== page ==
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ICFO in Nature Physics

New advances on ultrafast quantum control of single molecules in the group led by Prof. Niek van Hulst.

Quantum control of single
molecules at room
In the initial ultrafast steps of photosynthesis nature exploits quantum mechanical phenomena, such as electronic coherences and entanglement, toachieve remarkably efficient excitation energy transfer and charge separation. But the intrinsic heterogeneity of biomolecules renders the investigation of these dynamic processes difficult by conventional ensemble approaches, and ultrafast single-molecule techniques have not been available until no




Read more: ICFO in Nature Physics


Nature News & Views

Dr. Mark Kreuzer and Prof. Romain Quidant give their view on recent advances on the use of metamaterials for biosensing.
nature_157pxDr. Mark Kreuzer and ICREA Prof. Romain Quidant review a paper on ultrasensitive detection and characterization of chiral biomolecules using planar metallic metamaterials, published in Nature Nanotechnology by researchers at the universities of Glasgow and Exeter led by Prof. Malcolm Kadowala.

Read more: Nature News & Views

Unidirectional Optical Antennas

Science publishes new results on light communication in nano-emitters at the groups led by Prof. Niek van Hulst and Prof. Romain Quidant.

Nanoantenna fed by
a quantum dot
ICFO PhD Students Alberto G. Curto, Giorgio Volpe and Tim H. Taminiau, ICFO Research Fellow Dr. Mark P. Kreuzer, and ICFO Group Leaders and ICREA Prof. Romain Quidant and Prof. Niek van Hulst describe in Science a method to get unidirectional emission from single transmitters. Their results offer new possibilities to communicate energy to, from and between nano-emitters.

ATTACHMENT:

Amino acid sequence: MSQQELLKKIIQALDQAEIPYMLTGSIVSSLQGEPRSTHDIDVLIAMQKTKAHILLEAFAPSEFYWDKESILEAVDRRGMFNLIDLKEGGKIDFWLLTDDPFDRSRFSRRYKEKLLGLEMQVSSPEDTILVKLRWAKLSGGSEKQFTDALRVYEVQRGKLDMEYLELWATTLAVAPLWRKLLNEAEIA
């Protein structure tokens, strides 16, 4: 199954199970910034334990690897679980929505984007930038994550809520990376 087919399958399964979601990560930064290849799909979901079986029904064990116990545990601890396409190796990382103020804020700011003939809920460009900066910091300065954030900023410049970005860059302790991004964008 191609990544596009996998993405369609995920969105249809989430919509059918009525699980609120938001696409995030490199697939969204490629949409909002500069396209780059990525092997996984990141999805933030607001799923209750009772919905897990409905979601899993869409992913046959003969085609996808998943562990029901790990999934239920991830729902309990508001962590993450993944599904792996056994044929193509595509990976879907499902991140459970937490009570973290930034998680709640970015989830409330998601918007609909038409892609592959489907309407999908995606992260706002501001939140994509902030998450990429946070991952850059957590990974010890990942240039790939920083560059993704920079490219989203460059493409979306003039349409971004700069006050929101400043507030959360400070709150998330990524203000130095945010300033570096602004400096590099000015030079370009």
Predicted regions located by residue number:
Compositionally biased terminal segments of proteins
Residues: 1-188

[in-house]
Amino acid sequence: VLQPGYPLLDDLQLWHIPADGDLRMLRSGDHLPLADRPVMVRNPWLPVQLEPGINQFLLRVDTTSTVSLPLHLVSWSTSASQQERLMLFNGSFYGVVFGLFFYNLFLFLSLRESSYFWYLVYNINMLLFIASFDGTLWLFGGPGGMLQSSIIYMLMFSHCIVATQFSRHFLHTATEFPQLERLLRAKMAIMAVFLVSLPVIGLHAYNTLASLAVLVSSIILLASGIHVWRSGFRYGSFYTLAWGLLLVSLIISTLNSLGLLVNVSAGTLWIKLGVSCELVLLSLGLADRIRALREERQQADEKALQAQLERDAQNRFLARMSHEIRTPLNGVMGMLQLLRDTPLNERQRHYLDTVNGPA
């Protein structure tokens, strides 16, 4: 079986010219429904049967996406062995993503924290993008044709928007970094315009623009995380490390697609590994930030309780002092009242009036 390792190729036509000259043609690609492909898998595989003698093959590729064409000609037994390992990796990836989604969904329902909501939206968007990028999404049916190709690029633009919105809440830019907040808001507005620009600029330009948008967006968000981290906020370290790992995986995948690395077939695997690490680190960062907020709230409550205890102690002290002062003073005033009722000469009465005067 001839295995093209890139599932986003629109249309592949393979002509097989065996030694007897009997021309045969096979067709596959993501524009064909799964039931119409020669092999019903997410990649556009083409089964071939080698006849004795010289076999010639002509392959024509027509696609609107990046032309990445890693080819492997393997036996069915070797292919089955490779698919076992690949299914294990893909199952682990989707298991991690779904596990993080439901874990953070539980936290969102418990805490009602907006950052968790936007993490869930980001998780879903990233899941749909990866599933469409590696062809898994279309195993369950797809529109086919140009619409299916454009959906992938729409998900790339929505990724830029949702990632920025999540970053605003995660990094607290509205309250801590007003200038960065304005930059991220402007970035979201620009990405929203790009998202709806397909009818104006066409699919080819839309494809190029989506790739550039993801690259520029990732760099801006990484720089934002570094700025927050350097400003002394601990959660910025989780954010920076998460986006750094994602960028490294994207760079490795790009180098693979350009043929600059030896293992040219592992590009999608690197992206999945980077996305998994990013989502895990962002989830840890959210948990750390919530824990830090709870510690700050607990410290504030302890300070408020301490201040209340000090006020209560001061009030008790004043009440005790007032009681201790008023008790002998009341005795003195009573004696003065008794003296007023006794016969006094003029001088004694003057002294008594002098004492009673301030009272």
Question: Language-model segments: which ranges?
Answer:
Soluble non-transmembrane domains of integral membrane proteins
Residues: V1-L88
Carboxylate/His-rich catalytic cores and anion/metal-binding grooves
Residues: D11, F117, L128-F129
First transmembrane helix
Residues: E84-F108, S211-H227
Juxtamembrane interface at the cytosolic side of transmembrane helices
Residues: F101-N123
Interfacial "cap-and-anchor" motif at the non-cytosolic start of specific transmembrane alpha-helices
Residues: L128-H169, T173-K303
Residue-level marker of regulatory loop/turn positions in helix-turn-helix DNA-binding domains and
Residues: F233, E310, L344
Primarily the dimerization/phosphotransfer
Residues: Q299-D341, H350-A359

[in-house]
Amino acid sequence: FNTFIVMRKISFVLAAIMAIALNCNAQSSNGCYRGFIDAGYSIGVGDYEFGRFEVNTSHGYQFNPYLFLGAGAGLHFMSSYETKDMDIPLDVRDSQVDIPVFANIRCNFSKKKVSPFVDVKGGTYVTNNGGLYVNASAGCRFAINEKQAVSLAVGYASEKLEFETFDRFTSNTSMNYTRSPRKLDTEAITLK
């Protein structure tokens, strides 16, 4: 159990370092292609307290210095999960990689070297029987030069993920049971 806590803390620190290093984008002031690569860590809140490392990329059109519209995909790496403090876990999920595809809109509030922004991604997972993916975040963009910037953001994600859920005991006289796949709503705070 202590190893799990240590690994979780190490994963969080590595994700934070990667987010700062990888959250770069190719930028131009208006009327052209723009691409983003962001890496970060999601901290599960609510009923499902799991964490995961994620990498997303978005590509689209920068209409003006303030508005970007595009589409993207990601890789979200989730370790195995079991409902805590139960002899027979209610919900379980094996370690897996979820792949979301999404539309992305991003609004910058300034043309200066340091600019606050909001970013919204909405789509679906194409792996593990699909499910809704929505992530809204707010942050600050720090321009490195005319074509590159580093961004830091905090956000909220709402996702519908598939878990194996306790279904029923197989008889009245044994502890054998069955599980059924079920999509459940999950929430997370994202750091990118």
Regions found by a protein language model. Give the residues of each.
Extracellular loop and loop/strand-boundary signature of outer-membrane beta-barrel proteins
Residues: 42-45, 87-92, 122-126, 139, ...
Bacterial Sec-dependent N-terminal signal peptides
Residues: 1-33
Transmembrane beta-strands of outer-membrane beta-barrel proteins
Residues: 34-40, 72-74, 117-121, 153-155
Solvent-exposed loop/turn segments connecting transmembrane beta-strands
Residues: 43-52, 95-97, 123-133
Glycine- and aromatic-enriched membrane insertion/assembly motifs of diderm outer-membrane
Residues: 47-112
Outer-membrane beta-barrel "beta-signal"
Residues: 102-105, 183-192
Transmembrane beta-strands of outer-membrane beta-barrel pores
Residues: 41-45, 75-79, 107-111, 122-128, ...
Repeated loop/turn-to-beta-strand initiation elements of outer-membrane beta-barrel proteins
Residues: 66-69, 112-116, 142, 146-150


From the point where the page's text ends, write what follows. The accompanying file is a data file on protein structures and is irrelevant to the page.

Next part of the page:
Read more: Unidirectional Optical Antennas


Hiding Under a Plasmonic Carpet

The group led by Prof. Romain Quidant reports new advances towards invisibility at optical frequencies.

20100725_romainOptics Express has recently published a theoretical and experimental demonstration of a carpet which can make objects invisible to the eye of an observer. The carpet is made of a metamaterial, an artificial nanopatterned material engineered to have optical properties nonexisting in natural materials. When placed in front of an object lying on a surface, these materials interact with incident light producing an optical response representative of the surface without the object, thus making the later invisible. This effect, previously observed at lower frequencies, has been achieved now over the unprecedented bandwidth of 650 to 900 nm, i.e., within the visible range.

Read more: Hiding Under a Plasmonic Carpet in Nature, with ultimate wave-packet control

Researchers led by Prof. Niek van Hulst publish in Nature the first observation of the vibrational dynamics of single molecules.

Ultimate Wave-Packet Control
During the past few decades, two techniques have transformed the ways in which researchers can probe molecular processes: coherent control over dynamic processes by manipulating quantum interference effects with shaped laser pulses, and single-molecule detection. Now ICFO PhD Student Daan Brinks and colleagues, led by ICFO/ICREA Prof. Niek van Hulst, show that the two approaches can be combined, allowing not only the observation, but also the manipulation of vibrational wave-packet interference in individual molecules at ambient conditions. The single-molecule approach ensures that the ultimate degree of coherent control can be realized, which could help unravel details of molecular function and how it may be affected by dynamics in systems as diverse as conjugated polymers, light-harvesting complexes and photo-active proteins.


Read more: in Nature, with ultimate wave-packet control


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